Montgomery County Council members have decided to hire their own lobbyist for the coming General Assembly session because they do not trust the county's three full-time lobbyists to fairly represent the panel's opposition to the intercounty connector.

The council decision underscores the staying power of a connector road that would join Interstates 95 and 270 north of the Capital Beltway three months after Gov. Parris N. Glendening (D) announced he was killing it.

Montgomery County Executive Douglas M. Duncan (D) has vowed to fight for the road despite opposition from the governor and the council, and top State House leaders have taken up his cause. But the split between Duncan and the council worries Montgomery's State House delegation, whose members say cooperation is the key to success in Annapolis.

In a closed session Tuesday, council members agreed to hire lobbyist Devin Doolan to track legislation related to the connector during the next session. Doolan received about $20,000 last year for representing the Montgomery Planning Board in Annapolis. Council members expect to work out their own financial agreement with him this week.

Montgomery already employs three staff lobbyists to push the county agenda, which usually focuses on securing state aid for construction projects. But the lobbying operation reports to Duncan, who has informed the council that he will not use it to thwart attempts to revive the $1 billion road project.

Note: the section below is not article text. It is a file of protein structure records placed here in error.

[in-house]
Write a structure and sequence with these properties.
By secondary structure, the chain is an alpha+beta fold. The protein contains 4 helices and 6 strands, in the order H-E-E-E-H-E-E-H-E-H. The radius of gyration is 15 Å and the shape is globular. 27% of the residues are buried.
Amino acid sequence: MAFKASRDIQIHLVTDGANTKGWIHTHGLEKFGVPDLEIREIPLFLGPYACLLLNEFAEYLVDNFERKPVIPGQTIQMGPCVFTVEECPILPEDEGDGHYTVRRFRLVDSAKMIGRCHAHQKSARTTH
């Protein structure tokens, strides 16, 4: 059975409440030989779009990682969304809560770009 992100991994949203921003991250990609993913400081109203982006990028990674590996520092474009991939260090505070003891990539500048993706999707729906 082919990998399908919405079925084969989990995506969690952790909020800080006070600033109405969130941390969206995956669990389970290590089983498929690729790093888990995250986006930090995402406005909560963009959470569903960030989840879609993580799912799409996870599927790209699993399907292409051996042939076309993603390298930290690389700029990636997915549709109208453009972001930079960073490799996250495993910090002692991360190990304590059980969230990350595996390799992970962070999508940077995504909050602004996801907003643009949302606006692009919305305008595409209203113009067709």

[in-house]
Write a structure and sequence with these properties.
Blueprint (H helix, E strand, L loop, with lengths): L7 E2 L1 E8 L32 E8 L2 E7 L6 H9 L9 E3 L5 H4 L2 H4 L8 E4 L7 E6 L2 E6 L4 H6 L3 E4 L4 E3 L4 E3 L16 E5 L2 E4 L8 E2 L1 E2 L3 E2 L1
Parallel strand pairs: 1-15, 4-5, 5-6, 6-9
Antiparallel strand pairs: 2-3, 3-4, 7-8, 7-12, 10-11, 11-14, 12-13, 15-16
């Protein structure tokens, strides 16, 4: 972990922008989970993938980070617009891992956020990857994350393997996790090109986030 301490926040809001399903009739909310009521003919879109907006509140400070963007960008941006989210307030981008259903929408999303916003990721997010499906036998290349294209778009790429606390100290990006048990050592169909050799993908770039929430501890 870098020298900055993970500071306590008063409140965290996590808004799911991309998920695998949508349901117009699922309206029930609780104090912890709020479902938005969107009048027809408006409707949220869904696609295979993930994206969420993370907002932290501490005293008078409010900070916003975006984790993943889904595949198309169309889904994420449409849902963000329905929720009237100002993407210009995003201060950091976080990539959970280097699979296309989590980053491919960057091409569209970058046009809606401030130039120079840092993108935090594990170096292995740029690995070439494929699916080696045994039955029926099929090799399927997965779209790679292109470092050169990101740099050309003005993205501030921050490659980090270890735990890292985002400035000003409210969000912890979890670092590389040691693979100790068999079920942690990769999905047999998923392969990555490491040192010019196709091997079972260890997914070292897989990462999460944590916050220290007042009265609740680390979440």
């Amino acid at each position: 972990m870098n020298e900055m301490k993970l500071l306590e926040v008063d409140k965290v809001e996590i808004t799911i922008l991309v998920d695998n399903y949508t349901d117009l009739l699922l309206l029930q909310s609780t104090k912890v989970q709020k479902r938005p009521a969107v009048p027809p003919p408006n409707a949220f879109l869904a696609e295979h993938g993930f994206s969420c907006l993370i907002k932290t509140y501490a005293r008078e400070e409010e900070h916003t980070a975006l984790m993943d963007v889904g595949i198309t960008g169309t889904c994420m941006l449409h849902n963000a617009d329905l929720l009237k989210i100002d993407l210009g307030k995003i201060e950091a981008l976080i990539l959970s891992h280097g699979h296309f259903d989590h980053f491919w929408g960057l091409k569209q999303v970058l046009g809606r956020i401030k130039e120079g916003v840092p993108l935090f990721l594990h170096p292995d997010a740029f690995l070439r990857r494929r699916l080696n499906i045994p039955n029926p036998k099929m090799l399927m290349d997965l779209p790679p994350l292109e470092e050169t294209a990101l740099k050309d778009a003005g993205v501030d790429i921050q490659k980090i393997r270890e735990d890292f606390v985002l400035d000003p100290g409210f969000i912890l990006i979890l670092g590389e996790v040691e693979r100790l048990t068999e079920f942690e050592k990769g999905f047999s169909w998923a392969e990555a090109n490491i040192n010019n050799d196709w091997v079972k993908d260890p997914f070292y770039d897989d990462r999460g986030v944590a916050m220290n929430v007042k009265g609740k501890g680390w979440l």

At the heart of the debate is a clash between the council's legal authority to set local land-use policy and the state's responsibility to ensure a working transportation system. The council is moving to erase the 18-mile connector route from planning books even as State House leaders try to block the sale of the property.

Senate President Thomas V. Mike Miller Jr. (D-Prince George's) has said he would not allow the council to undermine state transportation policy. He dismissed the council decision to hire its own representative as "a waste of taxpayers' money."

"The lobbyist will be as effective as a Ping-Pong ball bouncing off a bull," Miller said. "If they want to pay for it out of their own pockets, that's fine. But it's an offense to the people of Montgomery and the state to hire someone to oppose this road that is very much needed."

By hiring their own lobbyist, council members are breaking from the way Montgomery has traditionally done business in Annapolis. The council has not had its own representative in Annapolis since the 1980s.

"The issue here is not the ICC," said council President Michael L. Subin (D-At Large). "At issue here is the council's integrity. I do not believe it is a legitimate use of senatorial power and prerogative to come in and make land-use decisions for Montgomery County."

Duncan disagreed. "The bigger issue here is that the council needs to get in step with what this county is demanding--significant traffic relief," said Duncan, whose polls during last year's campaign showed broad support for the road. "Hiring a lobbyist is not the solution."